Written By: Isabelle
Edited By: Nisha Rajoo
Blog Cover Designed By: Angelia Gan
To anyone who has ever said that women can’t do mathematics,
There’s no point hiding my thoughts on this subject – you’re wrong. Maria Agnesi, Marayam Mirzakhani, and Sophie Germain are women who have not only revolutionised their respective fields and contributed immensely to human knowledge and our everyday lives, but have done so via mathematics. Shocking, I know. In the wake of such incredible women, you’d think that I wouldn’t have to worry about writing a letter like this to people like you, but, unfortunately, I still do.
There’s a whole Wikipedia page full of women who didn’t just ‘do mathematics’, but who are trailblazers in their own right. Emmy Noether revolutionised modern abstract algebra – even if the Mathematical Institute of Erlangen refused to pay her for seven years. Karen Uhlenbeck, the first female Abel Prize winner, founded the field of geometric analysis, despite noting herself the lack of female role models in mathematics. Daina Taimina is an innovative geometry teacher who also is well-known for creating crocheted models of hyperbolic space (seriously, take a look, they’re awesome). I could go on, but my point remains that there is an incredible array of women in mathematics.
If anything, many of their achievements are all the more remarkable given they were achieved despite the patriarchal opposition they faced.
But the thing is, despite all these examples of brilliant women, you still don’t quite seem to believe that ‘ordinary’ women can. I could highlight every single incredible woman who has ever done mathematics, but you’d have the same response. These women are exceptions, you seem to say. Most mathematicians are men for a reason, you imply. Most women just can’t, you conclude.
It’s far too easy for this (incorrect) conclusion to spread; merely another socially accepted assumption about women going unquestioned. But actually, if you start doing just a little bit of research, you will come across a recent study of 1.6 million different grades which indicates that male and female students perform similarly in STEM subjects, leading the authors to conclude that large gaps in the representation of women in STEM careers ‘are not due to differences in academic performance’. They go further to argue that the top 10% of a STEM classroom is likely to contain equal numbers of male and female students.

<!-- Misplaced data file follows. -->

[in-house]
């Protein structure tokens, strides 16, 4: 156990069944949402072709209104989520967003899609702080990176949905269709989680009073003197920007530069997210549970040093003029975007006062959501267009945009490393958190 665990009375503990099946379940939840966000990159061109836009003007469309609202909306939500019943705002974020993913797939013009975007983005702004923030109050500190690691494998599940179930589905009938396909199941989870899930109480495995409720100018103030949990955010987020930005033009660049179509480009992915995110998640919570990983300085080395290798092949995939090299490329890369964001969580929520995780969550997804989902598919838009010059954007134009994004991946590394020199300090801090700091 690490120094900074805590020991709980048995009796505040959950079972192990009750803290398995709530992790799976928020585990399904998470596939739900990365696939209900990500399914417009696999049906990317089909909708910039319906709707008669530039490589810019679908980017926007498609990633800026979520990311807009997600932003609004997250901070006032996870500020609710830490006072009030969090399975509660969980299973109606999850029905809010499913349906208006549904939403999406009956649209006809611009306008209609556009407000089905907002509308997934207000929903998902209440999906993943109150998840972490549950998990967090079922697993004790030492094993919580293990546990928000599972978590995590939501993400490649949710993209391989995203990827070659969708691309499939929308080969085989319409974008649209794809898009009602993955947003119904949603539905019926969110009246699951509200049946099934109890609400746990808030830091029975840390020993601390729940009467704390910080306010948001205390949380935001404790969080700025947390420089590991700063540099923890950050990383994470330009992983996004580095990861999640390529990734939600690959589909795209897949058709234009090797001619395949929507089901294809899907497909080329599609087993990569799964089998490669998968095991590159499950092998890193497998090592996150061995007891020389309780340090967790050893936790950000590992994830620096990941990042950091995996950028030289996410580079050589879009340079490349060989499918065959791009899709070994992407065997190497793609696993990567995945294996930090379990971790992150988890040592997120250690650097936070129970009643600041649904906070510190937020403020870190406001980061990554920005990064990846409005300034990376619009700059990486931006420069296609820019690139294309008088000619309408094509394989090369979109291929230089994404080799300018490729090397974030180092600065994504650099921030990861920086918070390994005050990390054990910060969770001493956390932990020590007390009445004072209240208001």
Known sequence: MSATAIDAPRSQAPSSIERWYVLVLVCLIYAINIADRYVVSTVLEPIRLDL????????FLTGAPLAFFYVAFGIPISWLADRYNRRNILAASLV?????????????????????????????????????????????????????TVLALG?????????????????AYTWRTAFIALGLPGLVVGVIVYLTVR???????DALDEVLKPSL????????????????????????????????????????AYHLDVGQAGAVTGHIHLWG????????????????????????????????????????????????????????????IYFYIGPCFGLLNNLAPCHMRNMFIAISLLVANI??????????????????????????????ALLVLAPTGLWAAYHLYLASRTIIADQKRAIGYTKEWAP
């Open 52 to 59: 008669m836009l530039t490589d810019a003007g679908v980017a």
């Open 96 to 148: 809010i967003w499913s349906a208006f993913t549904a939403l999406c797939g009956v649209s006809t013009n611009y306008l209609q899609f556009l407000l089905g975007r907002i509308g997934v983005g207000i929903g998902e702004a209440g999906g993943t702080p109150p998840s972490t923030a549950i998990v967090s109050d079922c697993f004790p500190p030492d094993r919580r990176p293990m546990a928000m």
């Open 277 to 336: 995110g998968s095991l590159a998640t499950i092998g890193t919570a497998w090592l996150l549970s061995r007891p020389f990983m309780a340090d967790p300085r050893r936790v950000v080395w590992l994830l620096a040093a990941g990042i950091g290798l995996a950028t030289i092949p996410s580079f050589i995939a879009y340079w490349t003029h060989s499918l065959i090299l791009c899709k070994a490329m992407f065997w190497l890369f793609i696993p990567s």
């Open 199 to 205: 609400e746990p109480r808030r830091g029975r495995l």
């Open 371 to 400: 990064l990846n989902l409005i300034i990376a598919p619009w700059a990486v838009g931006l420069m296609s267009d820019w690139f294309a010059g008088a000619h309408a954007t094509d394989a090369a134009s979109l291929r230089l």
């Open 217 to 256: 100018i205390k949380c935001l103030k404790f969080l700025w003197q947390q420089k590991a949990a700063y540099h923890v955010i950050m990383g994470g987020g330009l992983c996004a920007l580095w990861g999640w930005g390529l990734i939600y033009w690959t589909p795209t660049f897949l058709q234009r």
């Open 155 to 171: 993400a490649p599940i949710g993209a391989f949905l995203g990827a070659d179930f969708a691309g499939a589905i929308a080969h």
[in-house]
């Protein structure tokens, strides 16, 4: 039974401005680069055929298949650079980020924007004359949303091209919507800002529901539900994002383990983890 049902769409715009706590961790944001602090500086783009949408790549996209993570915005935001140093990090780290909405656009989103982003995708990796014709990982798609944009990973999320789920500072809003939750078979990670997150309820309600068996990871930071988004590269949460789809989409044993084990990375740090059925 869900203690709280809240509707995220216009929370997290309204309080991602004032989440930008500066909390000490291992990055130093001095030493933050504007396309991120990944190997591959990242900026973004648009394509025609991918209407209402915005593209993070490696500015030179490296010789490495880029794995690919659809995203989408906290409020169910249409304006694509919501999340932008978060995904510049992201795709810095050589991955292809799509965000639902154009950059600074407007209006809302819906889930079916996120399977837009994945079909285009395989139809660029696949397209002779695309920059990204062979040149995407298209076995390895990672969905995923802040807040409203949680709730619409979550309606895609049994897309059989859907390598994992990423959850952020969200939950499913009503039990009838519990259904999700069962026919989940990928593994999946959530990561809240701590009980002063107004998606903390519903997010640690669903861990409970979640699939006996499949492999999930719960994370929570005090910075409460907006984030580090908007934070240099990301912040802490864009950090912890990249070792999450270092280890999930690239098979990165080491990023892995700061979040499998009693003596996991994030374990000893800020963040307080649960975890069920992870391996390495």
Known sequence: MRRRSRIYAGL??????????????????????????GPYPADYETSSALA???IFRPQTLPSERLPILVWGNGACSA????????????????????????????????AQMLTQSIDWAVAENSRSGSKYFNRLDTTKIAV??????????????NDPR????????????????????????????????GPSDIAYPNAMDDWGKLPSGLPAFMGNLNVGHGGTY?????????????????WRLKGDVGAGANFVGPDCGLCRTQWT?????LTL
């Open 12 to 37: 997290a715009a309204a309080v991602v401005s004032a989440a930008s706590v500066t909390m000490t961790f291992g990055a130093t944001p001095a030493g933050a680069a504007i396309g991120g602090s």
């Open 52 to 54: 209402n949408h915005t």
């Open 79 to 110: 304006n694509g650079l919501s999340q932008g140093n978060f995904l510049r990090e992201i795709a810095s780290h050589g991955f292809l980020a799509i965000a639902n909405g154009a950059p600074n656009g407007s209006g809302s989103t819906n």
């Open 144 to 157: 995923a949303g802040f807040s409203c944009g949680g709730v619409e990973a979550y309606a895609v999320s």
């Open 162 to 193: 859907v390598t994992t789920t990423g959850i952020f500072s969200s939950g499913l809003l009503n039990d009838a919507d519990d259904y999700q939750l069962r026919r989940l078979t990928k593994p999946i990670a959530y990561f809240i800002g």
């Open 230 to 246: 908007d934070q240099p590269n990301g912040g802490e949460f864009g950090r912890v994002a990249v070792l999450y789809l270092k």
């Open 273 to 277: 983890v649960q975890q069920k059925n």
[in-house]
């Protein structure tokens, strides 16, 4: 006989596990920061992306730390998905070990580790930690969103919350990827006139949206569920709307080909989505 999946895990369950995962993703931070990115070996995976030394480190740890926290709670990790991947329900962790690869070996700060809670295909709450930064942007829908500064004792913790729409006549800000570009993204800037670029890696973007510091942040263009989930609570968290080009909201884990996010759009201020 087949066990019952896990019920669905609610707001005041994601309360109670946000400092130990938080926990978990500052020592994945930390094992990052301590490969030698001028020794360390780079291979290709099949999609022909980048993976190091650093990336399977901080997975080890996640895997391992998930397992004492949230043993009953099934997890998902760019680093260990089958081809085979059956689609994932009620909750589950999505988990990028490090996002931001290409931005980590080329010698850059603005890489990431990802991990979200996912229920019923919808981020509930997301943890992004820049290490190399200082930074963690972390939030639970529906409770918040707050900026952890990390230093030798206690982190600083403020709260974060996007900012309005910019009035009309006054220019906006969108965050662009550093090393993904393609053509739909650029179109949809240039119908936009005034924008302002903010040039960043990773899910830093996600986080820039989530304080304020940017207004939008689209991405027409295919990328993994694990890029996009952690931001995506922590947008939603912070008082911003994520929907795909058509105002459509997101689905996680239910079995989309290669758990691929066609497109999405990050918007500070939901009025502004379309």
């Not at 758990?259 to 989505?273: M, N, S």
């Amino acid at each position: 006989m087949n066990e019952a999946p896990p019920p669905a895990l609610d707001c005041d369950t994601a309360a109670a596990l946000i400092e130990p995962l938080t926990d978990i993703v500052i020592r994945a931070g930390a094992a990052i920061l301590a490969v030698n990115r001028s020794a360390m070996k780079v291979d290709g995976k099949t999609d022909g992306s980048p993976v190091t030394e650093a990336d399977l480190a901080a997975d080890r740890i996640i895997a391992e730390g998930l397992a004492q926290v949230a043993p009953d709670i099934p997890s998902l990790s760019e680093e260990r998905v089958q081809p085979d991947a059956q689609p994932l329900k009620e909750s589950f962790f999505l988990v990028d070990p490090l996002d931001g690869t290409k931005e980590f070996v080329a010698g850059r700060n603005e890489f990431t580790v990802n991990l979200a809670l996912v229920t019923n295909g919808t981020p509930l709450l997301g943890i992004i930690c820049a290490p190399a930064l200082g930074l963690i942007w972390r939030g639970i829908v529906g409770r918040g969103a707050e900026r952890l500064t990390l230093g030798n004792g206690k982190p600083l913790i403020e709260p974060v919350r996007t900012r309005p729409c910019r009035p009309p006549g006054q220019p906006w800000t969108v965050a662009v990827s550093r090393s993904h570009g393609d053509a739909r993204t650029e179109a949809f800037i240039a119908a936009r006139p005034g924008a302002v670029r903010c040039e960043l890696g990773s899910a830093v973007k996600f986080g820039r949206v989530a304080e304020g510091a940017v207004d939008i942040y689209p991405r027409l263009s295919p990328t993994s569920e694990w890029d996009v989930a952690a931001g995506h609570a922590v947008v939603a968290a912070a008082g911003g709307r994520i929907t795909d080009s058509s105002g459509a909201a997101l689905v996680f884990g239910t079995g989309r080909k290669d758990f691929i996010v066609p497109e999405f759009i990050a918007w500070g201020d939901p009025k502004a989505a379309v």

You ask: So, why then do countries with increased gender parity tend to see less women in mathematics? I will admit that this puzzles me, too. There are some suggestions that this discrepancy can be attributed to the greater disparity in performance when it comes to non-STEM subjects (like English), leading girls to feel more confident in pursuing non-STEM careers, but I suspect it’s a little more complex than that. Take for example Maryjane Wraga’s study: when women were told that they typically performed better at a mental rotation task, which normally favours men, their performance suddenly improved. Similarly, when all participants were told that their respective genders performed the worst, their performance worsened. Waga theorises that when someone experiences a ‘stereotype threat’, mental resources are diverted to dealing with the associated anxiety rather than performing the task at hand, leading to a decline in their performance.
I’m not using this study to argue that we should go around telling people that men are bad at mathematics so that women can perform better at it – we know that women can do mathematics.
Instead, you need to stop telling women that they can’t do mathematics, because we’re generating a vicious cycle.
As a woman who has been told, ‘You can't do mathematics’, when you do make a mistake, as all mathematicians do, you’re suddenly not just making a mistake you can learn from, but fulfilling a prophecy. Fulfil a prophecy enough times, and funnily enough mathematics becomes stressful and discouraging – and not because you are genuinely bad at it, but because you’ve been told that you should be.
So let me perhaps rephrase.
To anyone who has ever discouraged women from fulfilling their dreams of pursuing a career in mathematics:,
As a mathematician, I can state with 100% certainty that whatever argument you make to justify your position is utterly baseless.
Incredible female mathematicians are not exceptions, but incredible role models that anyone (regardless of their gender) can emulate.
And far more importantly, to the women who do mathematics, or want to do mathematics:
You have everything you need to succeed, simply by virtue of being you and loving the work you do. Make mistakes shamelessly knowing that everyone else is doing the same, and cherish each mistake that you make as an opportunity to learn.
May what you know grow in proportion with what you wish to know, so that every day is an opportunity for you to learn more and remain curious.
And most importantly - never forget that you can absolutely do mathematics.